The North Carolina Department of Transportation has made an about face and is abandoning its controversial decision to add a bold pink stripe across the top of new driver licenses for young immigrants. A news release issued Thursday afternoon by the state DOT confirms that the Division of Motor Vehicles will begin issuing driver licenses on Monday, March 25, 2013 for immigrants qualifying under the Deferred Action for Childhood Arrivals (DACA) program. But the attached ‘final’ image of the driver license no longer has the pink stripe or the words ‘No Lawful Status’ printed in large type.
Instead, the licenses will have a blue banner, just like the state’s other driver's licenses. And under the words ‘DRIVER LICENSE’ will be the words in smaller type reading ‘Legal Presence No Lawful Status.’ The DOT does not cite the uproar over its decision as the reason for abandoning the pink stripe. The Associated Press quotes DOT spokesman Mike Charbonneau as saying, “the state opted against the pink licenses because the computer and printing coding is easier if the licenses are the same as those for other drivers.”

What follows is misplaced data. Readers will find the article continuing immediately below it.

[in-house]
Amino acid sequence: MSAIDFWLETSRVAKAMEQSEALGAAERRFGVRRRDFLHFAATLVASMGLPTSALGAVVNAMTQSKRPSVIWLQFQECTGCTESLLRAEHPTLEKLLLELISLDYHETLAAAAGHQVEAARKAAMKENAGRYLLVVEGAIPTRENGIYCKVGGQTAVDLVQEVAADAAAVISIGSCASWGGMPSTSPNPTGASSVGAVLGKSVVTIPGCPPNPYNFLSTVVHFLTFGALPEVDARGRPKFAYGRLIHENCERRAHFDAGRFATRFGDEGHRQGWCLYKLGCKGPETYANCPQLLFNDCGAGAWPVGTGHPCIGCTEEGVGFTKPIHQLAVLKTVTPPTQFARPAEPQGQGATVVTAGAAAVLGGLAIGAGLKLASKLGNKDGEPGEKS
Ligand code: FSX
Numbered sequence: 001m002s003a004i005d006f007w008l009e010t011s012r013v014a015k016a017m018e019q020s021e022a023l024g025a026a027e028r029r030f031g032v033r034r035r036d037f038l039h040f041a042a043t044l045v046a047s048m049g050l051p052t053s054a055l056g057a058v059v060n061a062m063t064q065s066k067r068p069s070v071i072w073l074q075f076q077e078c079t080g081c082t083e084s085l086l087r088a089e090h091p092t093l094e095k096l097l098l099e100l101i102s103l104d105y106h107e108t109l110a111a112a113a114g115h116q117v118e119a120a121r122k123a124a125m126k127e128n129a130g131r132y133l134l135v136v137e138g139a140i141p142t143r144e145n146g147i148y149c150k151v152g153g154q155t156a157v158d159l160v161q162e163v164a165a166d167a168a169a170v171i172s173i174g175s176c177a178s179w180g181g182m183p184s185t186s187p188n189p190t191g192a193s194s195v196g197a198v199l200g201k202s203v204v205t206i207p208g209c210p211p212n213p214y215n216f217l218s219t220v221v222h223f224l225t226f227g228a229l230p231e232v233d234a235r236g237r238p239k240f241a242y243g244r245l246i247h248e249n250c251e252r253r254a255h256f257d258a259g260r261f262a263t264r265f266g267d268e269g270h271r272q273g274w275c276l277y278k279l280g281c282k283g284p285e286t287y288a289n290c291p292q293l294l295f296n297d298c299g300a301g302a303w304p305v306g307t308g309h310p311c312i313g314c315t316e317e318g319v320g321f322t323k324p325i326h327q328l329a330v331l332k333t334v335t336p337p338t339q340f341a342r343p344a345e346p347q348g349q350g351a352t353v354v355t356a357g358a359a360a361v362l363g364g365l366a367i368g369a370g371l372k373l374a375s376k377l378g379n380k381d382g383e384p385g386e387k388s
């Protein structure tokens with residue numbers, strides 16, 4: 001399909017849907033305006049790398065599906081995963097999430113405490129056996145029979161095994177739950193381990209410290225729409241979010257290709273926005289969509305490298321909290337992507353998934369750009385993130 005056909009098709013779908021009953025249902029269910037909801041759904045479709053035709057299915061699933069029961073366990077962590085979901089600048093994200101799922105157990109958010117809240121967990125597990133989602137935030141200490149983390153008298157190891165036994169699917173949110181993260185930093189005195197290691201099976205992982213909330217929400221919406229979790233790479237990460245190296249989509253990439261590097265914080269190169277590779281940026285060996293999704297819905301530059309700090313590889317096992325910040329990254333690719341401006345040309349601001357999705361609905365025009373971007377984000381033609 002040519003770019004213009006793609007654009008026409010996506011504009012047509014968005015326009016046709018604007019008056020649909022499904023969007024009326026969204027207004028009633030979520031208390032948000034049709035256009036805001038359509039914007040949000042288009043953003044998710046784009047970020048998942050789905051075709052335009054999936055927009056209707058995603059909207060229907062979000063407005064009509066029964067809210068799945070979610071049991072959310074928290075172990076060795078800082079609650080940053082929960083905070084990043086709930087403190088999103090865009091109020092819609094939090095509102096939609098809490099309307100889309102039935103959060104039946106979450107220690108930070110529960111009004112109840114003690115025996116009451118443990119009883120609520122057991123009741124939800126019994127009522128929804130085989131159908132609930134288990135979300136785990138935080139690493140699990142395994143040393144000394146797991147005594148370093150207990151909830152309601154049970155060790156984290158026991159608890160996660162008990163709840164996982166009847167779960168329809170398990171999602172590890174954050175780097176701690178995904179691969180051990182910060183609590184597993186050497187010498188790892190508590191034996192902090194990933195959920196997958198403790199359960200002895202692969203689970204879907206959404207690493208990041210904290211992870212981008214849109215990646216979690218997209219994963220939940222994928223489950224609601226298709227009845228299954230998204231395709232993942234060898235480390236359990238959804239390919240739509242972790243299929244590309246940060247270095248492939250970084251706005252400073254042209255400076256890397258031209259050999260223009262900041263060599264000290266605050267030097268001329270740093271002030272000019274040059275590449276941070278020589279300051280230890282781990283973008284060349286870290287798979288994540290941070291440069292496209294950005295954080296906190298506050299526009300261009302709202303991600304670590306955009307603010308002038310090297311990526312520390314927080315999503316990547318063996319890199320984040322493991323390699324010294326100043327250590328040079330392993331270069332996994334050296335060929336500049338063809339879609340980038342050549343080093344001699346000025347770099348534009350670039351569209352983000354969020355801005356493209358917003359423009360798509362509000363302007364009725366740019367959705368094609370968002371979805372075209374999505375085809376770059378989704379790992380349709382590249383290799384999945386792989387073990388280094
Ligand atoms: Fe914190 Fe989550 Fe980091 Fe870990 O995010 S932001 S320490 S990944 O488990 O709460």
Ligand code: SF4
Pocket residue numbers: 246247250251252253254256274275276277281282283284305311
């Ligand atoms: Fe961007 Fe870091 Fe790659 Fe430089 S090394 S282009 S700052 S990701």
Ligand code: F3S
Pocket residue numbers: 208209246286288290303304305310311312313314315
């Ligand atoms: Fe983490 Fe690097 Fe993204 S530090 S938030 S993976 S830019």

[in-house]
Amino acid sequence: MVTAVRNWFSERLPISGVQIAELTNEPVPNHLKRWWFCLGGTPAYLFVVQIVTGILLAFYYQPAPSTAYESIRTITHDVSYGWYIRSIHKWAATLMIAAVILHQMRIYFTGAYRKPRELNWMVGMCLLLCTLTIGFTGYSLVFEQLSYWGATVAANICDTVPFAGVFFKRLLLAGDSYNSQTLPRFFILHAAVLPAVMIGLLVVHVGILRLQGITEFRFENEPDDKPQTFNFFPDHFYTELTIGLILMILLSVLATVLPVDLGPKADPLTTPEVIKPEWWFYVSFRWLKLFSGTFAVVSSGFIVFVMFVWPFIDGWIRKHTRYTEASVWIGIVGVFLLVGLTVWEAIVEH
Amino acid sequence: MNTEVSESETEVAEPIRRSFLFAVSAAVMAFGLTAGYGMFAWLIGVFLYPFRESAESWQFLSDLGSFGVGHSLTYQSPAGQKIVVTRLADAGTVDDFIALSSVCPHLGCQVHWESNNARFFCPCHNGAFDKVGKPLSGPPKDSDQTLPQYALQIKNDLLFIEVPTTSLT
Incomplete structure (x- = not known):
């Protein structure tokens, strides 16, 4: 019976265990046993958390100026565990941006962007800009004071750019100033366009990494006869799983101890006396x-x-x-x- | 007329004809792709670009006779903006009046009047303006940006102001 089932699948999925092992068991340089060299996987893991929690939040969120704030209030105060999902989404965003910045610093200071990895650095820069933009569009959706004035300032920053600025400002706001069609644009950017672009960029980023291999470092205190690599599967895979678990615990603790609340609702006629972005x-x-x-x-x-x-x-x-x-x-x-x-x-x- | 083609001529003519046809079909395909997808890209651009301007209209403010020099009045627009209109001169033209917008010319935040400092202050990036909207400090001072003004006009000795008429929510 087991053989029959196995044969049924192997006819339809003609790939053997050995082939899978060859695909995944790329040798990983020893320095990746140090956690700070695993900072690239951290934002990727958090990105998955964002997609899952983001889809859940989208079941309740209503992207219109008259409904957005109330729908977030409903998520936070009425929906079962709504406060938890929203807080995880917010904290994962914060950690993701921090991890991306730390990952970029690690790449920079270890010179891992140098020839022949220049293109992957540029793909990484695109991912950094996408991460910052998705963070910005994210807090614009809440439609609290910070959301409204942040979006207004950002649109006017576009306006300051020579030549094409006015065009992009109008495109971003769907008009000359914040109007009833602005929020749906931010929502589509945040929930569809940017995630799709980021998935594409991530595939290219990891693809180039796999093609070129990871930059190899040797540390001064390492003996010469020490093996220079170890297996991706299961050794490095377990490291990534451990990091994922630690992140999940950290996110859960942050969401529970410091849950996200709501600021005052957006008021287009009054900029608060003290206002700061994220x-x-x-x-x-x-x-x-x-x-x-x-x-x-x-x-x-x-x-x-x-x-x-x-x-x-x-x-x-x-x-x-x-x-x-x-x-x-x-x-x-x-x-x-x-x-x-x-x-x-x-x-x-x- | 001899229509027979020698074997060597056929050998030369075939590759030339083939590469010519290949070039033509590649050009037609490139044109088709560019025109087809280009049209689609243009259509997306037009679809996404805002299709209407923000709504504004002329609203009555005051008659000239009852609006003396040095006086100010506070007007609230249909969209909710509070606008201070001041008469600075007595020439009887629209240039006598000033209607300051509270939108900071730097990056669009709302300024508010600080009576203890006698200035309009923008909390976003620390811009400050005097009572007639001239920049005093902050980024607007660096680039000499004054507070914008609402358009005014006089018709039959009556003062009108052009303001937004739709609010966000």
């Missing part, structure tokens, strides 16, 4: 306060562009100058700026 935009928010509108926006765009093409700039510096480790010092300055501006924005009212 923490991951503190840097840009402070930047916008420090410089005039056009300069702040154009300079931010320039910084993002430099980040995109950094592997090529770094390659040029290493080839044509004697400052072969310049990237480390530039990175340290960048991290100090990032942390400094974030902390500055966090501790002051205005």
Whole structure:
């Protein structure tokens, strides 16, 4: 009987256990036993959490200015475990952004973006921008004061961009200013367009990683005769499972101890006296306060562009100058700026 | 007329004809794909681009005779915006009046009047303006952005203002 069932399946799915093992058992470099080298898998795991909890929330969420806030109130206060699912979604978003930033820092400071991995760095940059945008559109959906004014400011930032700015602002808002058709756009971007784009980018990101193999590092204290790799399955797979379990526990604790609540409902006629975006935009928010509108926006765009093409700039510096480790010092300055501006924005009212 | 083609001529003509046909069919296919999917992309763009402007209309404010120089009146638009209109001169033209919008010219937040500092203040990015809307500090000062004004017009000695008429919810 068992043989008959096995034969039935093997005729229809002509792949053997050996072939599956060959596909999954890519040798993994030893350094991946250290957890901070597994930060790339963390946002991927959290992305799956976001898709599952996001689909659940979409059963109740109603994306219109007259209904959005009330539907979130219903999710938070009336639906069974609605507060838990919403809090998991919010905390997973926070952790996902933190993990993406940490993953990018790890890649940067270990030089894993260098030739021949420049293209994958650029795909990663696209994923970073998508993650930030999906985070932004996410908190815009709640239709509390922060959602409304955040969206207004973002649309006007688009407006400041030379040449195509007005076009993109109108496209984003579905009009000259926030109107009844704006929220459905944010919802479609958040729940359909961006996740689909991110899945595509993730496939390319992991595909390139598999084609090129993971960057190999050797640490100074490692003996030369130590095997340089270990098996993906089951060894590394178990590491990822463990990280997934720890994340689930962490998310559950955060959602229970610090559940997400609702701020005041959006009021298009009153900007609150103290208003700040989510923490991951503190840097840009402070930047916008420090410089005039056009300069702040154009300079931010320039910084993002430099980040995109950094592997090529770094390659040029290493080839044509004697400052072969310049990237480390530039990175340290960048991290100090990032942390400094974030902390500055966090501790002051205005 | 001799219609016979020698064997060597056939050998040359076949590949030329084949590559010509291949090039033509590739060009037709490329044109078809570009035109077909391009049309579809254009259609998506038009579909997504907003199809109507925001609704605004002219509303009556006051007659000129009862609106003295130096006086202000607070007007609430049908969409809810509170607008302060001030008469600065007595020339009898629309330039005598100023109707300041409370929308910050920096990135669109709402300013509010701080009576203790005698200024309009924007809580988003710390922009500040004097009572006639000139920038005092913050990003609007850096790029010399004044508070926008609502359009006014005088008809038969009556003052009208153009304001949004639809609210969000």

Raul Pinto is a staff attorney for the ACLU of North Carolina. The ACLU has been an outspoken opponent of the ‘pink’ licenses. In a written statement, Pinto says the recent change by the state DOT is a move in the right direction.
“By eliminating the bright pink stripe and adding the words ‘legal presence,’ this new design should help reduce the chances that young immigrants receiving deferred action will face discrimination or harassment when they show their driver’s license,” says Pinto.
But the state ACLU still questions the need to include the words ‘No Lawful Status’ at all and will monitor how changes are implemented.
Transportation Secretary Tony Tata said in a new release Thursday, “This program is about accountability and safety, making our roads safer for all North Carolinians.” Tata says, “Those approved through the DACA process will take driver exams and road tests, as well as provide proof of auto insurance prior to receiving a license.”
The controversy surrounding the so-called ‘pink’ licenses made national news. Some called the ‘pink’ stripe nothing more than a modern-day scarlet letter, stigmatizing immigrants.
Young immigrants who are awarded licenses will receive a temporary driving certificate, with card licenses arriving by mail 10-to-20 days later.